The glee that California’s Diane Greenseid takes in her small sculptures comes through loud and clear. I know nothing about what her small characters (the kids, she says) mean or how she constructs them.
It really doesn’t matter, does it? She’s obviously having a good time and really, isn’t that the point? You can sense some good stories here.
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Ohio’s Katie Oskins (Katersacres) asks if anyone’s been feeling off-kilter. Who hasn’t?
You may identify with the haggle-toothed, bug-eyed face vase Katie made to illustrate her point on Instagram.
Katie has characters like these dancing in her head and flying off her fingers. If you (like me) don’t have a brain inhabited by such creatures, you can still follow along on her tutorials and join her club of sculptors.
This guy would look good with tools and pencils sticking out, creating frazzled hair.
Atlanta’s Lisa Mathews demonstrates the power of polymer with her sculptures that illustrate the black experience. This Fourth of July, Americans are being forced to see the nation’s celebration for independence differently.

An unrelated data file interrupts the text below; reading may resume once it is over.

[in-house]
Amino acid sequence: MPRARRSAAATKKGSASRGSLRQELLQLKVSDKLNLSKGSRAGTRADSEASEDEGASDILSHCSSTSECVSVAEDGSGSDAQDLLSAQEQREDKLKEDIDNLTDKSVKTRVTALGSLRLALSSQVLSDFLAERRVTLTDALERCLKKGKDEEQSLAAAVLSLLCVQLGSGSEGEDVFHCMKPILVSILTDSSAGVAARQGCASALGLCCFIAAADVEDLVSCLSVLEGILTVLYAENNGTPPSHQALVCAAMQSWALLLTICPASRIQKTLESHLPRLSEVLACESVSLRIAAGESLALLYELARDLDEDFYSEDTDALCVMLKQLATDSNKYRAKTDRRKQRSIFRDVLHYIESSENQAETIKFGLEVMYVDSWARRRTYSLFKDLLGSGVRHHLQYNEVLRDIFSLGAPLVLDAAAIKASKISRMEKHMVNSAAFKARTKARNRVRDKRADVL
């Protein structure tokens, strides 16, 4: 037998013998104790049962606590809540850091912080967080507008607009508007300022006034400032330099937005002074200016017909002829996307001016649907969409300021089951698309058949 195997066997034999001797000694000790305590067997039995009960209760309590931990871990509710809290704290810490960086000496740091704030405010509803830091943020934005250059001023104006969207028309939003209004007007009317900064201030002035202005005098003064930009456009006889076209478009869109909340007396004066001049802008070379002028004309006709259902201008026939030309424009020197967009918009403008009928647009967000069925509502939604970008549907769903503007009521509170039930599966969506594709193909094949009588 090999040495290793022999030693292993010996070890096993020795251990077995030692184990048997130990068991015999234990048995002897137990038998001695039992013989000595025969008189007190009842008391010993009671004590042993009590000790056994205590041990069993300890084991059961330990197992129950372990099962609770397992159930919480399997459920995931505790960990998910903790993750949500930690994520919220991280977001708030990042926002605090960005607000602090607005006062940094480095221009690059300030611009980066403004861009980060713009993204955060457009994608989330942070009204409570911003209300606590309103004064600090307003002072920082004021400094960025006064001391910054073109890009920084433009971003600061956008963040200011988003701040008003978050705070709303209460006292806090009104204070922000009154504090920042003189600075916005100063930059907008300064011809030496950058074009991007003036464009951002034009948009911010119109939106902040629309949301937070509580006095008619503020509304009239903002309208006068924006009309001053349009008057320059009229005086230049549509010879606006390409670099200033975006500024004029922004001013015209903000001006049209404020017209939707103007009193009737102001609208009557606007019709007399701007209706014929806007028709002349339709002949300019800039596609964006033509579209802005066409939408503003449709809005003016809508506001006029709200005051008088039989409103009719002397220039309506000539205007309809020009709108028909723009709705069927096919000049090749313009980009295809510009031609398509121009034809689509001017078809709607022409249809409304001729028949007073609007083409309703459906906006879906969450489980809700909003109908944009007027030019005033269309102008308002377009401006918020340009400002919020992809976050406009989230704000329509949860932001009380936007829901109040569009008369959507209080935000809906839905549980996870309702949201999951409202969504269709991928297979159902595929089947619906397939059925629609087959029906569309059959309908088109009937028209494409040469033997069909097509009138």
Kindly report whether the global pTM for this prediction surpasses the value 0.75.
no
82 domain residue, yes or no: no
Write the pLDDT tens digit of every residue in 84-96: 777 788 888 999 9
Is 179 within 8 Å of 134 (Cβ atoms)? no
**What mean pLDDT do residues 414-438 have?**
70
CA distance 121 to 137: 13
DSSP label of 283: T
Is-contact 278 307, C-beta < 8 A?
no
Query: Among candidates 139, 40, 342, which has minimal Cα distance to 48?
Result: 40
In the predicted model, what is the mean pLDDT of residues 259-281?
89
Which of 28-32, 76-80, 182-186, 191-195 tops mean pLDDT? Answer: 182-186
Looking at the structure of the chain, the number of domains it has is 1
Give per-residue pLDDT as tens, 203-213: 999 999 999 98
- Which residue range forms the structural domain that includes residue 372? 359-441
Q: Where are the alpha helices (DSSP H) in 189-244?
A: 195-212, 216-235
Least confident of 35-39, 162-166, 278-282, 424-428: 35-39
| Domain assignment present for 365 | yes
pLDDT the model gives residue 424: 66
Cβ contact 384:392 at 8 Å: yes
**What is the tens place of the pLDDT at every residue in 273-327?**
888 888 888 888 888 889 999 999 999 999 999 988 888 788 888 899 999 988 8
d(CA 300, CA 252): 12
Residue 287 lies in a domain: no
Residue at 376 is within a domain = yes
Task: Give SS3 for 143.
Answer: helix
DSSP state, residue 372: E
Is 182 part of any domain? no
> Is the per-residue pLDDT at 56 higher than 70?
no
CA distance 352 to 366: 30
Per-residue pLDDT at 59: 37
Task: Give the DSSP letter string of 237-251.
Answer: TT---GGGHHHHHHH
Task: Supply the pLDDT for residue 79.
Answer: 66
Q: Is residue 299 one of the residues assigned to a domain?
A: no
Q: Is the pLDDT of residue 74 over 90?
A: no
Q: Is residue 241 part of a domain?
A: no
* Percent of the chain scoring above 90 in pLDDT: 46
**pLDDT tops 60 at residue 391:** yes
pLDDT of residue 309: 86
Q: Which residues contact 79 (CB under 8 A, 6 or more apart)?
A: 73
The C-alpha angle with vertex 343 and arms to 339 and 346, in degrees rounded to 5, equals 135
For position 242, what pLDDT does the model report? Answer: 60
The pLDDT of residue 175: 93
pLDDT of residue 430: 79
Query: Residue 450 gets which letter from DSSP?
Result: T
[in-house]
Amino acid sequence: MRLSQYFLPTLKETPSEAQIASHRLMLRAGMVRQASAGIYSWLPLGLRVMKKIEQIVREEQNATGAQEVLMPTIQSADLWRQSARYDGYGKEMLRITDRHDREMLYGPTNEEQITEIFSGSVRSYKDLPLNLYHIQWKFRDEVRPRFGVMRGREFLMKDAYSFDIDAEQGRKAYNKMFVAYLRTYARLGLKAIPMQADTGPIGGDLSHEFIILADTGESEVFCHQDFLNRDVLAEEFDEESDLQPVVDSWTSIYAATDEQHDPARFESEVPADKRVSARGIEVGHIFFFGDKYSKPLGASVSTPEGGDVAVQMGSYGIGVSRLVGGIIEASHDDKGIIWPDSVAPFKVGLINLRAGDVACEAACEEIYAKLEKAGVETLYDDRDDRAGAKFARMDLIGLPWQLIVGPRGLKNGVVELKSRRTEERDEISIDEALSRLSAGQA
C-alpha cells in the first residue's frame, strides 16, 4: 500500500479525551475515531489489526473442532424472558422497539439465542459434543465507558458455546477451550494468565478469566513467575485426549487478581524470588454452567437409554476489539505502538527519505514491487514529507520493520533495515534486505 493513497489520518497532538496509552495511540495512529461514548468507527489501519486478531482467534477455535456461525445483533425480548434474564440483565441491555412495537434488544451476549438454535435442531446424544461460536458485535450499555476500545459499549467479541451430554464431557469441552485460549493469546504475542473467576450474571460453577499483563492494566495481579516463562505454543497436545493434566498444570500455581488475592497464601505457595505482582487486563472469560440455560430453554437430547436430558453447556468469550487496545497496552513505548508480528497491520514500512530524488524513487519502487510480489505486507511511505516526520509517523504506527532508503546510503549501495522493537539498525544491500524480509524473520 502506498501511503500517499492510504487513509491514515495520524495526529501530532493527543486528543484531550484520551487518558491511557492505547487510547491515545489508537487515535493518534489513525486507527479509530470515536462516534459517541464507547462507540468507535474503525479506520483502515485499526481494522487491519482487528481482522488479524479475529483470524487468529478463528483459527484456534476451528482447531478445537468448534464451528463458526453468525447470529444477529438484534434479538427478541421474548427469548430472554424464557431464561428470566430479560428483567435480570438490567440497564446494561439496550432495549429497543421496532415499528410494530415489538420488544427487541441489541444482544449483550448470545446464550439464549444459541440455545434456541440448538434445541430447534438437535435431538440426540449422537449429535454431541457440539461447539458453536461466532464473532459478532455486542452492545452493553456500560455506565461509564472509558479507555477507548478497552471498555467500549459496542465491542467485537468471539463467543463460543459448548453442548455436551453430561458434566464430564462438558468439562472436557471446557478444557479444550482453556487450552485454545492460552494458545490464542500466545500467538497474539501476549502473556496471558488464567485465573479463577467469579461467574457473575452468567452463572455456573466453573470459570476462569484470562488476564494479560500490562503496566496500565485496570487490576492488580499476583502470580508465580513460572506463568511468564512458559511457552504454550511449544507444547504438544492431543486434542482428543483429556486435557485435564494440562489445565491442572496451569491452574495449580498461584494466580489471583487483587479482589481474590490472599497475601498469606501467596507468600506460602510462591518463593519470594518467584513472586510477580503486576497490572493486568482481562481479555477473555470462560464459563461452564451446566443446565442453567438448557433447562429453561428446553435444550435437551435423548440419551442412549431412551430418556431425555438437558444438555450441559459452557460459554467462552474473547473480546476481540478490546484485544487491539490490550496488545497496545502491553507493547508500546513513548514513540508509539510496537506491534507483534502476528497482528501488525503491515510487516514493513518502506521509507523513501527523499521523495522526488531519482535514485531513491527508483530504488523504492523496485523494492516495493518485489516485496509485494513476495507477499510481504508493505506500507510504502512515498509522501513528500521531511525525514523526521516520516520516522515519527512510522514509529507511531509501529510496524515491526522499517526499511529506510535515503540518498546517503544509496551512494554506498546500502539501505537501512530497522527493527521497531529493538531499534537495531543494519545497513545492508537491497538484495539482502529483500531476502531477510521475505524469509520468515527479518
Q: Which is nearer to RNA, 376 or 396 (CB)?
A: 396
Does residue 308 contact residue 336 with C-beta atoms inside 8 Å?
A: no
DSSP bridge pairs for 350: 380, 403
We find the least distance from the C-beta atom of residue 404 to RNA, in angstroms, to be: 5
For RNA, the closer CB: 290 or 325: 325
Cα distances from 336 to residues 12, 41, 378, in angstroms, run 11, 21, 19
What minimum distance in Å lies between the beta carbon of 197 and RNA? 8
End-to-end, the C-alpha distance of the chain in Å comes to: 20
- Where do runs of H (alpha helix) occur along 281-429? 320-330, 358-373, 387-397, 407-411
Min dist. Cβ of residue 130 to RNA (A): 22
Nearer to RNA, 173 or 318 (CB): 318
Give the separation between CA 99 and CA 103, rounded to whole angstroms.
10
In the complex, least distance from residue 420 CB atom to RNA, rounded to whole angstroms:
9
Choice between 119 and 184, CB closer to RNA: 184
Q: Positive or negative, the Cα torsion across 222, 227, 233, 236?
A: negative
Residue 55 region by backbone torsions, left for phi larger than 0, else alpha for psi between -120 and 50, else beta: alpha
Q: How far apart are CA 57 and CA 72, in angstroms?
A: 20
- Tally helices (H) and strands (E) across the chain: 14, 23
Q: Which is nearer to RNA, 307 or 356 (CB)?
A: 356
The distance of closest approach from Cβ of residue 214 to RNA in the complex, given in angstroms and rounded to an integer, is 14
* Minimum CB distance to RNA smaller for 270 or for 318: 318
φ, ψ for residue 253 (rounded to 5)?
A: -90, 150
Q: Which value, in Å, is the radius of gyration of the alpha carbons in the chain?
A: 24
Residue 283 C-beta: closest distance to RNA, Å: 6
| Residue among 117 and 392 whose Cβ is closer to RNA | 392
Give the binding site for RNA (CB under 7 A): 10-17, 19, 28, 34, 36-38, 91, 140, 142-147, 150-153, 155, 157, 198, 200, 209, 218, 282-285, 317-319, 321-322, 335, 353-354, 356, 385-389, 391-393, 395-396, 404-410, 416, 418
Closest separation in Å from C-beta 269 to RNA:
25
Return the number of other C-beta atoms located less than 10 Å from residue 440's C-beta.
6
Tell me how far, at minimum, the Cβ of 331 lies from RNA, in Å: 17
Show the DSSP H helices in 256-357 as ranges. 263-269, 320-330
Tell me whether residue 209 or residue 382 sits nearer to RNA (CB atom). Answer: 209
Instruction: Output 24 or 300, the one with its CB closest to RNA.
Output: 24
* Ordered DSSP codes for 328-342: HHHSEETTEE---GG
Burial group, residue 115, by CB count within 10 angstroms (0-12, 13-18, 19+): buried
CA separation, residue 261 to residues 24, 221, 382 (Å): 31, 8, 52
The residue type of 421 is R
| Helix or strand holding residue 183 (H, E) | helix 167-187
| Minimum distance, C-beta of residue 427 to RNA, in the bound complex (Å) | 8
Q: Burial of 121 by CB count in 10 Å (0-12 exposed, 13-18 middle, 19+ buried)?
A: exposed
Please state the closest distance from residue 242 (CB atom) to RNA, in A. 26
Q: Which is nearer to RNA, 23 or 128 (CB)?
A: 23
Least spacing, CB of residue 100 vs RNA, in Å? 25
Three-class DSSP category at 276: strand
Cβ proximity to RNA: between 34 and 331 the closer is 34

In this polymer diorama, Lisa looks at the controversial third stanza of our national them which is being scrutinized for its racial wording. The song wasn’t meant for all Americans when Francis Scott Key wrote the lyrics in 1814.
Lisa’s clear portrayals of the black experience help us look at our patriotism in a new light.
At the age of 45, with no advance planning, Lisa threw caution to the wind and pursued a career as an artist. She happened upon an instructional book, How To Make Clay Charactersby Maureen Carlson. It was through this book that she discovered what would become her passion as an artist.
Stories of artists’ passion are part of tomorrow’s StudioMojo. We’ll look at how Carissa Nichols turned her lack of vision into a passion for light and giving back. Join us to see how current events impact us all.